If we treat most events neutrally, we are less likely to be upset by events that occur.

3. Money, health and reputation are out of your control

According to the control test, money, health and reputation are all basically beyond our control. If we can cultivate indifference towards them, we are less likely to get angry and waste energy trying to control them.

Without any fault or action on your part, you could lose your reputation, then your job, then your money – then your home, and possibly your marriage. You will almost certainly lose your appearance as you age. If you live long enough, you risk losing your mobility, cognitive abilities, and other aspects of your health.

Accidents and illnesses also happen all the time – also beyond your control. You can be as careful as you want, but it’s not entirely up to you. You could get hit by a bus!

The Stoics warned against double suffering: that is, the suffering of an illness or injury, and a second suffering which is the anger or anxiety that surrounds becoming ill or to get hurt. It can happen to anyone, so there’s no reason it shouldn’t happen to you – and death does eventually come for all of us anyway.

In order to avoid being too pained by these piling up losses, it is best to practice indifference to what you have in the first place.

4. Practice the conditions you fear

I make it easy – but how does it actually work? In order to get used to the suffering that awaits us all, the Stoics practiced voluntary ordeal.

Seneca advised his friend Lucilius to fast in case one day he could not eat: “Plan a certain number of days, during which you will content yourself with the leanest and cheapest food, with course and coarse bearing, saying to you the while: ‘Is this the condition I feared?’”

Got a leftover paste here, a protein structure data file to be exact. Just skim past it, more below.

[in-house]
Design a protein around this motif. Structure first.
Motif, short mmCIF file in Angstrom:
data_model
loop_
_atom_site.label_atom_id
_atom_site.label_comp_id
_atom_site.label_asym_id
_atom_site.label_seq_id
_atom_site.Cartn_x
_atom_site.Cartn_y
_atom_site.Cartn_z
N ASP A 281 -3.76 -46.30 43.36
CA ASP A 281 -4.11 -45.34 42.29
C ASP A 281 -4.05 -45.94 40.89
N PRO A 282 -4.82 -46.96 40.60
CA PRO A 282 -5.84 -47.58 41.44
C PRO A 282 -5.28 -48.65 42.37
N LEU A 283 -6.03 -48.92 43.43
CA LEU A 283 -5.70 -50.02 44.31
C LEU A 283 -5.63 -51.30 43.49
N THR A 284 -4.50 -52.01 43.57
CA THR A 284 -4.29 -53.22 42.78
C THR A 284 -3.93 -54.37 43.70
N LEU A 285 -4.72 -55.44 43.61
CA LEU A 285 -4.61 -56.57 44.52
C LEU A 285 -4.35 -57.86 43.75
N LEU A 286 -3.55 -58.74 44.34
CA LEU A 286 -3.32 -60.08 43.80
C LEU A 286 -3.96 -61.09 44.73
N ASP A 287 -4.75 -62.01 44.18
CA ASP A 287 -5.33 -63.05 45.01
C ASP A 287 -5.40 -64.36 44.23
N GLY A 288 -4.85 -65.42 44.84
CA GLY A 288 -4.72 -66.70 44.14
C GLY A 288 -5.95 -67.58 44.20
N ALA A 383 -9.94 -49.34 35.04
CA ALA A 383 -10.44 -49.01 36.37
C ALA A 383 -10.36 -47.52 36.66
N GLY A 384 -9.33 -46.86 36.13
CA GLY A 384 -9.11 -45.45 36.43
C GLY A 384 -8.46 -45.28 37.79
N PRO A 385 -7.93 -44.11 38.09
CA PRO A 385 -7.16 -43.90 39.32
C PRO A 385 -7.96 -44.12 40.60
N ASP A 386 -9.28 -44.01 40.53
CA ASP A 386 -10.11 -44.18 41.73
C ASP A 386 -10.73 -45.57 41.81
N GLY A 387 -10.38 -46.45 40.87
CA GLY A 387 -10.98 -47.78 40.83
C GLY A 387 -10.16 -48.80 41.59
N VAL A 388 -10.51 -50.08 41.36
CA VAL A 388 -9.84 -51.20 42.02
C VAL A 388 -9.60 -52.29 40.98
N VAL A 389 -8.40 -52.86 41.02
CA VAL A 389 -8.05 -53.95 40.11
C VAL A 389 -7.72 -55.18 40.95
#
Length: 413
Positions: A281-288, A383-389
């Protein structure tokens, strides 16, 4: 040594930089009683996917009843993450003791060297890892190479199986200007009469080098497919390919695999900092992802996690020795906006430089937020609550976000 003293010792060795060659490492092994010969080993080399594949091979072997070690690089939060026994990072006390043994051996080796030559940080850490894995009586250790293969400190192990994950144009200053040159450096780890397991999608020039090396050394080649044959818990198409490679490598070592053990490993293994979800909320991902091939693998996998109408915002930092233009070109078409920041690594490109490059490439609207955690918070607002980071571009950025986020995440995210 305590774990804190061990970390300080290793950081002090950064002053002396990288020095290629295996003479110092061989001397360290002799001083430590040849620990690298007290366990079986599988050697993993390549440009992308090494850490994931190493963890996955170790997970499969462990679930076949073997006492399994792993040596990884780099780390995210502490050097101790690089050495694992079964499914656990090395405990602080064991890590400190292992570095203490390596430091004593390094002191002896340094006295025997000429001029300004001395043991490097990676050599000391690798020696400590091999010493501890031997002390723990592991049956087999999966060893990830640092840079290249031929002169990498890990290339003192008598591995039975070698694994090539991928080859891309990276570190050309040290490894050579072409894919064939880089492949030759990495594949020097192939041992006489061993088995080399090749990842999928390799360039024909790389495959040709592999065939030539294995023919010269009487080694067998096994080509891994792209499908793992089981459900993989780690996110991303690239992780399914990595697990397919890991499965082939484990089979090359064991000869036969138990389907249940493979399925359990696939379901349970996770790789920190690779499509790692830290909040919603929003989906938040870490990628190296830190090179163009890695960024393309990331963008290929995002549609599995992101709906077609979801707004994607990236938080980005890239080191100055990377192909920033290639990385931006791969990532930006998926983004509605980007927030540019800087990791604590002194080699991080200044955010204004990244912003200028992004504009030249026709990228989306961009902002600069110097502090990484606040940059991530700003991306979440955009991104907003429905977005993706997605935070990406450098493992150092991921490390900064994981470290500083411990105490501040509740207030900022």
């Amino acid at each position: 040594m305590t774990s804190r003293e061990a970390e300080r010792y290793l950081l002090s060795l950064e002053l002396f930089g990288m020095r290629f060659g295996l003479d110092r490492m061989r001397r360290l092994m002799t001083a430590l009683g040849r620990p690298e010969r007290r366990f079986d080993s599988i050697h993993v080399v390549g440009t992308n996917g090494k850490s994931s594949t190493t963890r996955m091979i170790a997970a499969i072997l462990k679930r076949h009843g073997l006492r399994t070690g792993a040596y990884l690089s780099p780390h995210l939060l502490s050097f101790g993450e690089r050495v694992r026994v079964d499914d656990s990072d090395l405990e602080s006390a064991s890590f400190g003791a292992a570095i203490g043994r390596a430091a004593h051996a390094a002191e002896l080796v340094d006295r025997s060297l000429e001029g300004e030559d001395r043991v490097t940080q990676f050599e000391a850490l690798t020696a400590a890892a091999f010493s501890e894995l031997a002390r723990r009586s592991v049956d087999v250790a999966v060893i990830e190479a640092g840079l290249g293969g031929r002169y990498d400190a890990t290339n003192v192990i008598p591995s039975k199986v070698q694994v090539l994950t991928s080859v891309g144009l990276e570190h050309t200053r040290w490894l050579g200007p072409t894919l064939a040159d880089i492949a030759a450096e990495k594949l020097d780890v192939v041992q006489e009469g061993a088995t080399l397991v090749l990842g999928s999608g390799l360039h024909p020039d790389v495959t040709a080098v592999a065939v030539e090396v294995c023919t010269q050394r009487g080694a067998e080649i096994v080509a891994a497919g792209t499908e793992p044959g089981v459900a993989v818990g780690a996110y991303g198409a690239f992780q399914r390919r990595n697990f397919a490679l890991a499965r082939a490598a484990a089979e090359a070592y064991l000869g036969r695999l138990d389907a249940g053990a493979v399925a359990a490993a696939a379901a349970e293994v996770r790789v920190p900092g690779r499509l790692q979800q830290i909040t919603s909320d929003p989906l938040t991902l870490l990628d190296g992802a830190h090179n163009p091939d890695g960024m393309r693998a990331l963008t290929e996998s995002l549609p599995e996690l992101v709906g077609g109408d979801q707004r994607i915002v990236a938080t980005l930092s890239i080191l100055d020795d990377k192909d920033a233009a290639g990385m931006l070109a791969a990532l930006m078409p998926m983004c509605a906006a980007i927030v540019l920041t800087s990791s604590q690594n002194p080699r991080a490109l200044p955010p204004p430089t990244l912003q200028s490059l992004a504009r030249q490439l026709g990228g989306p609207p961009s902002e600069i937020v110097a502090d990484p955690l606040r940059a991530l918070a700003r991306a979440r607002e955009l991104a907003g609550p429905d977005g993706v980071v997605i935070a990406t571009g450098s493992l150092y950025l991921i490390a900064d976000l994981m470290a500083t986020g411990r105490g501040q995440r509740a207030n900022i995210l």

Often it’s not as bad as we fear – and we’re stronger than we think.

5. Practice imagining death

The Stoics believed in mourning for loved ones while they are still alive. In fact, they advised you to think about their death frequently while they are still alive, in order to prepare yourself.

You’re less likely to hold grudges if you imagine your friend may die suddenly – and you’ll be more likely to make the most of the time you have. “Let us greedily take advantage of our friends”, said Seneca, as we must also take advantage of our children, “because we do not know how long this privilege will be ours”.

The same goes for our own death; you can’t control it, but you can control how you think about it. Stoics seek to demystify it by frequently reminding themselves that they are going to die, which helps shed light on the only thing that matters: the present moment.

As Epictetus said, “I cannot escape death – but at least I can escape its fear.”

6. Don’t worry about other people’s reactions

Worrying about upsetting others is generally considered a positive trait, but it can also lead to people-liking or excessive worrying. One of the most important things for a Stoic is to recognize that your character is one of the only things you can control. The four Stoic virtues are wisdom, justice, courage and moderation; if you act with them, then you exercise an essential component of life which is under your control.